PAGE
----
Overnight haploid yeast culture was diluted to OD600 = 0.1 in 5 mL YPD, then cultured for 4–5 hours until OD600 reached 0.4. About 500 ng plasmid carrying HO endonuclease (pJD137 or pJD148, plasmid information available at www.syntheticyeast.org) under the control of Gal1 promoter was transformed. The transformed cells were cultured in 5 mL selective medium for the plasmid at 30°C overnight. The overnight culture was diluted to OD600 = 0.1 using 5 mL induction medium containing 2% galactose and cultured at 30°C for 4 hours. The cells were diluted and plated onto YPD plate, and then the single colonies without plasmid but with the desired mating type were chosen for further experiments.

Sporulation

A diploid colony was inoculated into 2 mL GNA medium (5% dextrose, 3% Difco Nutrient Broth, 1% Difco Yeast Extract) at 30°C overnight. Then the cells were washed with sterile water four times, diluted to OD600 = 1.0 in sporulation medium (1% potassium acetate, 0.005% zinc acetate, supplemented with any amino acids required for the diploids at one-fourth concentration as that in the SC medium). Mixed well and incubated at 25°C for 3–7 days.

Total RNA extraction, sequencing, and analysis

The yeast strains were cultured in appropriate medium overnight, diluted to OD600 = 0.1, and grew until OD600 reached about 1.0. Cells (15 OD) was collected by centrifugation at 4°C at 3000 rpm for 10 min and washed with iced water, and resuspended in 600 μL TRIzol (Life Technologies, 15596). 300 μL glass beads were added and the yeast cells were disrupted with Mini-Beadbeater-96 (Biospec, OA60AP-22-1WB) for 1 min. Transfer 600 μL liquid mixture into a new microfuge tube and add 300 μL 1-chloro-3-bromopropane. Vigorously shake the tube by hand for 3 min. Centrifuge at 12,000 rpm for 6 min, and then transfer upper aqueous layer (~300 μL) into a new tube. RNA was precipitated by adding an equal volume of isopropanol and pelleted by centrifugation at 12,000 rpm for 10 min at 4°C. The pellet was washed with 700 μL 75% ethanol and dissolved in 100 μL RNase-free water. Total RNA was digested with DNaseI (NEB, M0303) and purified with RNA clean kit (TIANGEN, DP412) before sending for high-throughput sequencing. The raw reads were mapped onto the synthetic reference genome using TopHat with standard parameters. Counts of reads overlapping genes were computed in R using the countOverlaps function from the GenomicRanges package. Differential expression was analyzed by DESeq and volcano plots were generated in R.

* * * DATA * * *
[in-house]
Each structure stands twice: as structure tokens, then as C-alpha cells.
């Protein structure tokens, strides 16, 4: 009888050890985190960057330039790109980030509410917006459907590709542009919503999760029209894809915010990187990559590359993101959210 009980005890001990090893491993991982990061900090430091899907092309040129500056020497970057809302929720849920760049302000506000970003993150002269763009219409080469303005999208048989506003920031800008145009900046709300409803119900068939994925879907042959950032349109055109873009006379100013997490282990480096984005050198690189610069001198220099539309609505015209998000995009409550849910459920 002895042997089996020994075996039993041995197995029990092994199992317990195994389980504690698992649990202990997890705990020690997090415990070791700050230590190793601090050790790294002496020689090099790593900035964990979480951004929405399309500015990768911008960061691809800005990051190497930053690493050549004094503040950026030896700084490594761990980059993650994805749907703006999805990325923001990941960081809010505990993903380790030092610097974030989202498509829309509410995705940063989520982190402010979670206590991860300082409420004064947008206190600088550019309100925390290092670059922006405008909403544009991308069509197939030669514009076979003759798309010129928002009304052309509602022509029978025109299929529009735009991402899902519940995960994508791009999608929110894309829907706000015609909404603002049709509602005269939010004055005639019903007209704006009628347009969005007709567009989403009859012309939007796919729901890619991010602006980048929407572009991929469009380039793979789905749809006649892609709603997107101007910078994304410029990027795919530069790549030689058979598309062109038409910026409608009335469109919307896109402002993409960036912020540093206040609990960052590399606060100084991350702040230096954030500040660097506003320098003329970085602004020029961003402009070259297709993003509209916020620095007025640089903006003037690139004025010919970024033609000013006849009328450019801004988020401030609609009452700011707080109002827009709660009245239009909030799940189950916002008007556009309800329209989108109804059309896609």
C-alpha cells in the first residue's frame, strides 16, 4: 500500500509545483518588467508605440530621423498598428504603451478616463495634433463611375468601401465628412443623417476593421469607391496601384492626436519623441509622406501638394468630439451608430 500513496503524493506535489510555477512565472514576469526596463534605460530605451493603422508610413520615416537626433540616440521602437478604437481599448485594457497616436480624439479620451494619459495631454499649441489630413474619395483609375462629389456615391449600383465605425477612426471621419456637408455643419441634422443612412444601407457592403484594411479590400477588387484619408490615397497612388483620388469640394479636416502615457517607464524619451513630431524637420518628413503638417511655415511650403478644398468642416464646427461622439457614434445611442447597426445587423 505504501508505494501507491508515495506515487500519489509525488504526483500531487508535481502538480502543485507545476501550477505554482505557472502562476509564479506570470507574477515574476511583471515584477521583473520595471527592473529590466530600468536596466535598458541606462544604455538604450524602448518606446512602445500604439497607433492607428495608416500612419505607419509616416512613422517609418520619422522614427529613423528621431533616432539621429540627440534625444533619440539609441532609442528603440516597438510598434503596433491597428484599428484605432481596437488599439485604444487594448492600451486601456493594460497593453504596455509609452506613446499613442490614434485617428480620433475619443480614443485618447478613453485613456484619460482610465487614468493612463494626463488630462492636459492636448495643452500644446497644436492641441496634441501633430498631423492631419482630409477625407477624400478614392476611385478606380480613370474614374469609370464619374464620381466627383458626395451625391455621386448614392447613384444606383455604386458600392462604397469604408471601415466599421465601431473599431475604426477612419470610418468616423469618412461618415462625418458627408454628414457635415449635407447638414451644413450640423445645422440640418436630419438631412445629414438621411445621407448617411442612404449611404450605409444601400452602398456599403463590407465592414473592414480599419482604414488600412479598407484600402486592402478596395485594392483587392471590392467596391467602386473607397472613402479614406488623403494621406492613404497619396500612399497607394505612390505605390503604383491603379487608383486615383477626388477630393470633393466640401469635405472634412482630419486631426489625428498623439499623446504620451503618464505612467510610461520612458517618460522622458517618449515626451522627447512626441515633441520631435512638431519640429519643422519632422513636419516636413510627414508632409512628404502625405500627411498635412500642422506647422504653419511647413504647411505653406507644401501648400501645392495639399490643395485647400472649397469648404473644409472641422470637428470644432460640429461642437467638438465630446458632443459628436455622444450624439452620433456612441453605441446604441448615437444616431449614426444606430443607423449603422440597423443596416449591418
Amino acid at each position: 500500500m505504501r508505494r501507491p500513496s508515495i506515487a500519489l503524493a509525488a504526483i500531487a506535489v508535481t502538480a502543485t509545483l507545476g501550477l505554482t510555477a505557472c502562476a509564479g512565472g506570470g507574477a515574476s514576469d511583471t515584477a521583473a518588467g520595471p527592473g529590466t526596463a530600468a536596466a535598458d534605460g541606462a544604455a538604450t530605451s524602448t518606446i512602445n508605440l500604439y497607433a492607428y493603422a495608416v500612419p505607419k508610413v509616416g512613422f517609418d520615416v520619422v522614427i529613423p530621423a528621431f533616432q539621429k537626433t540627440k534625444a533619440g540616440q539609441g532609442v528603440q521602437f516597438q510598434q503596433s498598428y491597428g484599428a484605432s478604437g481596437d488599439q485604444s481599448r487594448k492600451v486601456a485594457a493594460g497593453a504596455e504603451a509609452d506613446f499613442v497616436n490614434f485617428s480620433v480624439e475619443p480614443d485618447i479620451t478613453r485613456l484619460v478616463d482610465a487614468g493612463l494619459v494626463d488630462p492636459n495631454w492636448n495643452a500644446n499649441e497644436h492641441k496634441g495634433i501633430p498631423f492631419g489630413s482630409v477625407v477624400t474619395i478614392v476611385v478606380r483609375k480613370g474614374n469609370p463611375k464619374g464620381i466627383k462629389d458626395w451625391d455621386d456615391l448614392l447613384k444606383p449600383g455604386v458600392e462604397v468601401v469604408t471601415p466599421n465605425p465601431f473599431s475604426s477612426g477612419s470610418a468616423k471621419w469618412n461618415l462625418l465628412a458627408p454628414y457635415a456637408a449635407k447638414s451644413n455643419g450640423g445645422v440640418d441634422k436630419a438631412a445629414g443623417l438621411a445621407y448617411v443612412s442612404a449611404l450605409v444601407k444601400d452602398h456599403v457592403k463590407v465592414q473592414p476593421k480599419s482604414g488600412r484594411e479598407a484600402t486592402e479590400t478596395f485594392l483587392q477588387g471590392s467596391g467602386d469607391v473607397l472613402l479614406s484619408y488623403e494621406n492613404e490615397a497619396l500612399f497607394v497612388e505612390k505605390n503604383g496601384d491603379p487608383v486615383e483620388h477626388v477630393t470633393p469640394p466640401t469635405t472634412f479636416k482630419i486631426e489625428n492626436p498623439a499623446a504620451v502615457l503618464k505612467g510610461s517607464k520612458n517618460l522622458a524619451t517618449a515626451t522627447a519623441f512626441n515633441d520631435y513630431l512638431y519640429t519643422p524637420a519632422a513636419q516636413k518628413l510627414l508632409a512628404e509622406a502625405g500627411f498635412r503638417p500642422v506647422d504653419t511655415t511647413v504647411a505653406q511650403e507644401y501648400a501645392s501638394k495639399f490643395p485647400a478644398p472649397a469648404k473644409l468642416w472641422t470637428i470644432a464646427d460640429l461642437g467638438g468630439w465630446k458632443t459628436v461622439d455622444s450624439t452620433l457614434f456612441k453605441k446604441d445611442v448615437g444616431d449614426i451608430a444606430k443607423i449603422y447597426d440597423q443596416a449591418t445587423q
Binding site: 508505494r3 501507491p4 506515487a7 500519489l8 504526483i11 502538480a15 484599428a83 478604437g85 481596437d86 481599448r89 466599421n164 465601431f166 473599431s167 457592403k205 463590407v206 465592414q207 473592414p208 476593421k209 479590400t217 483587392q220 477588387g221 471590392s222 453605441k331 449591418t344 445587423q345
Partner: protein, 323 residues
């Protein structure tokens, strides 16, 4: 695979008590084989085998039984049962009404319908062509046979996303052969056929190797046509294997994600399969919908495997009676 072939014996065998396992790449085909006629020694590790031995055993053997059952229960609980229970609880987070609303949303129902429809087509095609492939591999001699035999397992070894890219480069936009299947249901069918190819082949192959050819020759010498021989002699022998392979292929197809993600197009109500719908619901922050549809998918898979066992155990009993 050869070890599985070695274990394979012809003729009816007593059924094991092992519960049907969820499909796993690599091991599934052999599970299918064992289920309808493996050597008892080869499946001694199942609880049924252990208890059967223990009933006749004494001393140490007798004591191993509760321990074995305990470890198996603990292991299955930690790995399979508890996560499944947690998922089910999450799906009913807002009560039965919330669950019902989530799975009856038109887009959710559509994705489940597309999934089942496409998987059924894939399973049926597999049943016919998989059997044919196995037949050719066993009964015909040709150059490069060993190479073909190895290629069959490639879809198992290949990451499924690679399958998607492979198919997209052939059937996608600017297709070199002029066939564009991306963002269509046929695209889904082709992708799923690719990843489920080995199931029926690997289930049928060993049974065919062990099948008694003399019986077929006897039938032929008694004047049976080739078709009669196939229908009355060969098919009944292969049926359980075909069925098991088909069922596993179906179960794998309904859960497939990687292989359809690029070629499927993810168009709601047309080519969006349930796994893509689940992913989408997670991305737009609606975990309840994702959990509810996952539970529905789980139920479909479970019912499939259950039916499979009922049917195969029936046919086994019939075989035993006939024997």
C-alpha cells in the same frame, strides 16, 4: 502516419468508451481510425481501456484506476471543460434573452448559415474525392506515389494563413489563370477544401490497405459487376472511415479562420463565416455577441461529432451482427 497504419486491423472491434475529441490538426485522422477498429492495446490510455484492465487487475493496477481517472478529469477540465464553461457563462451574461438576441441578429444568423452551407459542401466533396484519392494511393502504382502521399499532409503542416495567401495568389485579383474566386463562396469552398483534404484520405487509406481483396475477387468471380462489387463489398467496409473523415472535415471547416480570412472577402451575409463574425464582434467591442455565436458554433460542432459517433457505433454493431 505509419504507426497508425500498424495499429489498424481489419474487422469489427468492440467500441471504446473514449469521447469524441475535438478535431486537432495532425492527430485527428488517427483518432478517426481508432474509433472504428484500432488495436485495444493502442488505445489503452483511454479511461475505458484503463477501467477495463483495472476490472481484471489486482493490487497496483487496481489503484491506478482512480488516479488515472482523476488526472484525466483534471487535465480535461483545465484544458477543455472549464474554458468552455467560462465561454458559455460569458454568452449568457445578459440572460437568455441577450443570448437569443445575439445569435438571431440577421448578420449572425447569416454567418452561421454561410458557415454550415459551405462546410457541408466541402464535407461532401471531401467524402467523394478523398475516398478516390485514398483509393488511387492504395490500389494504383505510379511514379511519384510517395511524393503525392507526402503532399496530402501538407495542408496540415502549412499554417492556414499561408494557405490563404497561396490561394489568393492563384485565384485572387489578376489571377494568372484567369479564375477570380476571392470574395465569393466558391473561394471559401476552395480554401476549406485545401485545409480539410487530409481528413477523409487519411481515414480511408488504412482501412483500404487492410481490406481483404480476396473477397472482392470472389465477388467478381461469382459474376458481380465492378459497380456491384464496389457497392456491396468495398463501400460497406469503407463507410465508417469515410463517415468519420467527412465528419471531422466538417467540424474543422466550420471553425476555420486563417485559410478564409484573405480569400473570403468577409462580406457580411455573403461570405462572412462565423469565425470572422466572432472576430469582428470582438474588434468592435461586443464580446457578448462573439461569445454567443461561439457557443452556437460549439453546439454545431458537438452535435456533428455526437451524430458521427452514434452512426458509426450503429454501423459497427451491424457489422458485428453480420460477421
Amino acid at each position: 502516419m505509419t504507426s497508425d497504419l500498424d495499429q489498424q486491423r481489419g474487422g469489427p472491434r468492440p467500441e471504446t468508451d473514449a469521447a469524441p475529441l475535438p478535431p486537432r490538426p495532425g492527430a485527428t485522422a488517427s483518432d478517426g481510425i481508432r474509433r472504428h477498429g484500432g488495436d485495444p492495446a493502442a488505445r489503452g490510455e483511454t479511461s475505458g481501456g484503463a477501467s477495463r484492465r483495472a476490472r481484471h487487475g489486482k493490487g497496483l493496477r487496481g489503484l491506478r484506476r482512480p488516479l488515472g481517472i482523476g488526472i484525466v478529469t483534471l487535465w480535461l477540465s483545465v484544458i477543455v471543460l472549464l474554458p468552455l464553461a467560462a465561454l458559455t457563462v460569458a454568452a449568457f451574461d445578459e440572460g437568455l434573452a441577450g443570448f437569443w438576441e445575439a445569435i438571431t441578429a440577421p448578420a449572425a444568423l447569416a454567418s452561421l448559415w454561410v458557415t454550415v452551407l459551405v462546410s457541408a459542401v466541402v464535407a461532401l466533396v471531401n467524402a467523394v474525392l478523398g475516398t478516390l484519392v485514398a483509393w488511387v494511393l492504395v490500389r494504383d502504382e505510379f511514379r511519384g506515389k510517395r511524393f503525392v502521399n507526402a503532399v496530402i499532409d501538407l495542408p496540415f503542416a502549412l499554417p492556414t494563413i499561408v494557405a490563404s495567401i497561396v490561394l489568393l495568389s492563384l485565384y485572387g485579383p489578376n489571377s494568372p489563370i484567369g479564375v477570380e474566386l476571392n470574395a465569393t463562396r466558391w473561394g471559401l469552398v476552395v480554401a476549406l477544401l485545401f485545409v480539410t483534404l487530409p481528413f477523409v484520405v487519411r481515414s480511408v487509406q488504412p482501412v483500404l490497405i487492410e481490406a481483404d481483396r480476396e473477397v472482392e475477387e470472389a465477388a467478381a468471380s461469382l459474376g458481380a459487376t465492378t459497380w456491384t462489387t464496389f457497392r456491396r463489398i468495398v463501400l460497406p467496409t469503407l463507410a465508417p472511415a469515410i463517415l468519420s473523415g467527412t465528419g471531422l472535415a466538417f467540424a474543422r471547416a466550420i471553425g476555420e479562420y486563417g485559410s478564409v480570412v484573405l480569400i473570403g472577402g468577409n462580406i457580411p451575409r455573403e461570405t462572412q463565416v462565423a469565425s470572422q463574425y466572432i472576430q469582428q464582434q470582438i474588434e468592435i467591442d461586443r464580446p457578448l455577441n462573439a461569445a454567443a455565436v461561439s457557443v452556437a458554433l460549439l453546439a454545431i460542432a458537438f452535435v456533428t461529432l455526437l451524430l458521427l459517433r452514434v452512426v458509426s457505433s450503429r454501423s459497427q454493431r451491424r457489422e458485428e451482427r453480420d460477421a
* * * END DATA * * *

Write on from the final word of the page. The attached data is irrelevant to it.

Yeast genomic DNA preparation for DNA sequencing

The genomic DNA was prepared using the method described by Bespalov et al. (18) with minor modification. 5 mL overnight yeast culture (approx. 5 × 108 cells) was collected by spinning at 3000 rpm for 5min, washed once in 1 mL ice cold PBS (137 mM NaCl, 2.7 mM KCl, 10.1 mM Na2HPO4, 1.8 mM KH2PO4, pH 7.4), and resuspended in 300 μL of nuclei isolation buffer (NIB: 50 mM MOPS pH 8.0, 150 mM potassium acetate, 2 mM MgCl2, 17% glycerol, 0.5 mM spermine, 0.15 mM spermidine) and transferred into a 2-mL tube containing 300 μL acid-washed glass beads (BioSpec, Cat. No.11079105, 0.5 mm dia.). The samples were vortexed for 30 s, and then cooled on ice for 30 s, which was repeated 8 times to disrupt the cells. 110 μL 10% SDS was added into the lysate, mixed well, and then incubated at 65°C for 3.5 hours. Collected the cell lysate and adjusted to 500 μL in total volume with buffer TE (10 mM Tris-HCl, 1 mM EDTA, pH 8.0). 500 μL saturated NaCl was added. Mixed gently and then the mixture was centrifuged for 30 min at 8000 rpm. 800 μL supernatants were added into equal volume of 100% isopropanol to precipitate DNA. The pellets were dissolved in 200 μL TE buffer, phenol extracted, precipitated in 500 μL 100% ethanol with 70 μL 3 M sodium acetate. The DNA was dissolved in 200 μL TE buffer. 10 μL 10 mg/mL RNase was added and incubated at 37°C for 3 hours before phenol extraction and ethanol precipitation of DNA. Eventually, the genomic DNA was dissolved in 100 μL ddH2O.

Stress sensitivity assay